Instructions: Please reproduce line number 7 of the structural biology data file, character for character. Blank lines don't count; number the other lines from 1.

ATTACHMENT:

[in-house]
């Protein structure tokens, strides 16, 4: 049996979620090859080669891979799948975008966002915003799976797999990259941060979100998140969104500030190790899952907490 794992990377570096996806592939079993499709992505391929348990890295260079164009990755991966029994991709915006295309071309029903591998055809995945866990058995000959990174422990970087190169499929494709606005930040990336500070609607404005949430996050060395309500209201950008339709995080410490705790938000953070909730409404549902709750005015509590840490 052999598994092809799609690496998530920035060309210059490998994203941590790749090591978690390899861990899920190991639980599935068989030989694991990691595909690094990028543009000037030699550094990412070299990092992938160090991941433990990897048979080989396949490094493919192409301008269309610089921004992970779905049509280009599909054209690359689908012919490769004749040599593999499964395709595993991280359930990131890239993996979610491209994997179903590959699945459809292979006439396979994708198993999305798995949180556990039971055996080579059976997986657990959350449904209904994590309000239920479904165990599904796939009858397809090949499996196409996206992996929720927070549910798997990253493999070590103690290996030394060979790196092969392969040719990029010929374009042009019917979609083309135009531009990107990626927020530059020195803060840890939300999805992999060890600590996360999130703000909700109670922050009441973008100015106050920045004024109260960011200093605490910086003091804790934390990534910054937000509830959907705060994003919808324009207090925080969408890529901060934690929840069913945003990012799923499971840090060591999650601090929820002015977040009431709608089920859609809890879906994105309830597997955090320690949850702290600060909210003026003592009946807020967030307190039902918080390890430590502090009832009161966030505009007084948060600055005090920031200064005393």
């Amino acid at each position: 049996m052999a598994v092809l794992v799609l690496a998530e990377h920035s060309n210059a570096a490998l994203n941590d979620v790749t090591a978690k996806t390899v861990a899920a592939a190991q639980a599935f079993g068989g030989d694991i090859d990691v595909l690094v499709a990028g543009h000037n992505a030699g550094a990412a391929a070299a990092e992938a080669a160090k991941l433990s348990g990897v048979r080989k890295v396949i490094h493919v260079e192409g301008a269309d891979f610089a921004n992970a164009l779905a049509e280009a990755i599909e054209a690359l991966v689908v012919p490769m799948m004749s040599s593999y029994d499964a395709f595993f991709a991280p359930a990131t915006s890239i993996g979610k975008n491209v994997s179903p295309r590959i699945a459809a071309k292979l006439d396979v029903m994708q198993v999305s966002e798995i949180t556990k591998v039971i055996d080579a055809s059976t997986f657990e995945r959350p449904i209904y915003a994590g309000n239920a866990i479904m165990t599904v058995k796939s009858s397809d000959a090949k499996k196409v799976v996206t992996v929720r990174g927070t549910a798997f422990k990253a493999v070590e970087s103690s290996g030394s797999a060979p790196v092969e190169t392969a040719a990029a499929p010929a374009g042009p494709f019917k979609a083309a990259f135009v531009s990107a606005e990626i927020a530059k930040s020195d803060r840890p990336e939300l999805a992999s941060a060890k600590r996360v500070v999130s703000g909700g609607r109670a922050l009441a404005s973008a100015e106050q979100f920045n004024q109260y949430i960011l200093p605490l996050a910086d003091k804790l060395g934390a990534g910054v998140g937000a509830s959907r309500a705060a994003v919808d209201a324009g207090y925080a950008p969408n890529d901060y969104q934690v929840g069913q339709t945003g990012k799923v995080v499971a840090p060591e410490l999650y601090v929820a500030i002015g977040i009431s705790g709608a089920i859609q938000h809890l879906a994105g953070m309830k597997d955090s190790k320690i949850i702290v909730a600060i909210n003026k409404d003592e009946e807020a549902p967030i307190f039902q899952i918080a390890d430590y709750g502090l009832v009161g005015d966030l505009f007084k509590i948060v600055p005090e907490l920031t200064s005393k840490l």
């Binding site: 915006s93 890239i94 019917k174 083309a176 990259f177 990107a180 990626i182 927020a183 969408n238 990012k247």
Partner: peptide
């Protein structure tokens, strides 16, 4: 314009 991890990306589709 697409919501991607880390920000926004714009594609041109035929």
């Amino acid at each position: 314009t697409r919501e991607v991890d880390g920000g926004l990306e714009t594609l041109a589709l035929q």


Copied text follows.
């Amino acid at each position: 314009t697409r919501e991607v991890d880390g920000g926004l990306e714009t594609l041109a589709l035929q």